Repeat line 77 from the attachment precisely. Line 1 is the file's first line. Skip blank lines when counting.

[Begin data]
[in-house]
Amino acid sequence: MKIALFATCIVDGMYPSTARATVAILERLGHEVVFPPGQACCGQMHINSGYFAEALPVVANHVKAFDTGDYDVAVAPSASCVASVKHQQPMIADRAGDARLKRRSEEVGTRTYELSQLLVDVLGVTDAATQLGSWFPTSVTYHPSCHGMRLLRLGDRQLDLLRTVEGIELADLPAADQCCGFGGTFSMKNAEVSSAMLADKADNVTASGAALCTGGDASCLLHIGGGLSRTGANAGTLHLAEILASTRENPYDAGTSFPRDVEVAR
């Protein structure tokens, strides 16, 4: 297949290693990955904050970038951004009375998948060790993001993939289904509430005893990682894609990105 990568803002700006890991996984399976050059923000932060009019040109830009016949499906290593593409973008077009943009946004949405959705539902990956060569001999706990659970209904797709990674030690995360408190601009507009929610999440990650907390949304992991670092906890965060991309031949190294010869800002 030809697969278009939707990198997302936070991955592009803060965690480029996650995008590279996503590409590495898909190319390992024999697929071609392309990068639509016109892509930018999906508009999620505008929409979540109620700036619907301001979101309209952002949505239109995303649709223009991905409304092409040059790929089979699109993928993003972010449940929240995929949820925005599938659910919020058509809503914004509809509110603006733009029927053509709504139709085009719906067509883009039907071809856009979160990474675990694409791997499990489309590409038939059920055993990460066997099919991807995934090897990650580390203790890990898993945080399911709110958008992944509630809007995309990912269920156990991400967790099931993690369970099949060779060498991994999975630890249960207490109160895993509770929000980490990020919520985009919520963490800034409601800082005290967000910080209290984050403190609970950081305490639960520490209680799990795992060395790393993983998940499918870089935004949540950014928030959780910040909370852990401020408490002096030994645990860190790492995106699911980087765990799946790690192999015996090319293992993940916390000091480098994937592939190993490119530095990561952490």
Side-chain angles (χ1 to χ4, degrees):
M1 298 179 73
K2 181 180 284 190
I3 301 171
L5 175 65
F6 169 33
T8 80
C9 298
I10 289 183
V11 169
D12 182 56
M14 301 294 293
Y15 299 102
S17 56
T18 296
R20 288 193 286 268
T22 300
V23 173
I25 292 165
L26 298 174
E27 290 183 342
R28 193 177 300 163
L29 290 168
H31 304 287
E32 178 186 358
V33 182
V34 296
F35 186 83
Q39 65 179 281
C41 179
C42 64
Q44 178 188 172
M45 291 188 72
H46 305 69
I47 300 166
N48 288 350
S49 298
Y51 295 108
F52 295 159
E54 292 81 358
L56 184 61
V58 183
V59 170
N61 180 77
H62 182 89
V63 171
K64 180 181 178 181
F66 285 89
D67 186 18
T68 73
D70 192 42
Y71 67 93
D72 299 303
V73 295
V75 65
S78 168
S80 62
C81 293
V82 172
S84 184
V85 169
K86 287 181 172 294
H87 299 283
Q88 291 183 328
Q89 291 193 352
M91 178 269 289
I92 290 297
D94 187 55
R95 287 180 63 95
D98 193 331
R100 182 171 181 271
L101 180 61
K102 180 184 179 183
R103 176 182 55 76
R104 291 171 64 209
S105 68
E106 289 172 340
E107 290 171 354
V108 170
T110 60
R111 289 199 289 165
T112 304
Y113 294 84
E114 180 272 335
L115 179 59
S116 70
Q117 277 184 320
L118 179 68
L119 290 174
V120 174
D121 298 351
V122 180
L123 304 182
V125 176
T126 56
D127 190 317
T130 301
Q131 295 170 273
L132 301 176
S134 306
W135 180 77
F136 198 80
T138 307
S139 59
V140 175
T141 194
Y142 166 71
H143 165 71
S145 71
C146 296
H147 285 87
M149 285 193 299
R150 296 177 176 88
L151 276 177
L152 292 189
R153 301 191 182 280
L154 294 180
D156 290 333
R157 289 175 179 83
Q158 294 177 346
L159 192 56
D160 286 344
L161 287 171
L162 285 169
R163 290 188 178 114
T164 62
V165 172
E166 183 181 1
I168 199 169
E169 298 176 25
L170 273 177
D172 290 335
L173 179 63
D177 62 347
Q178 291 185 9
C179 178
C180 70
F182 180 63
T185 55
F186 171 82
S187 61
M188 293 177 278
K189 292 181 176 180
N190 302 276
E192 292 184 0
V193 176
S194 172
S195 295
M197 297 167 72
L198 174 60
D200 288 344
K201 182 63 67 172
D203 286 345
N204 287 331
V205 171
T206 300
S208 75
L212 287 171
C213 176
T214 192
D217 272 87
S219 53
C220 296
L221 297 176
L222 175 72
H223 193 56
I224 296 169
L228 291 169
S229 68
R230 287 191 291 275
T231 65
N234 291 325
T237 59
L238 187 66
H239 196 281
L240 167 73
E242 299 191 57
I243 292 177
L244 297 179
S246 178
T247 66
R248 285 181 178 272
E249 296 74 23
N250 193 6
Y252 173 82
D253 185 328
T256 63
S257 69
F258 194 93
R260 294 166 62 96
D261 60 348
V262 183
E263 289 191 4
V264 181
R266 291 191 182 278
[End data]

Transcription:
R103 176 182 55 76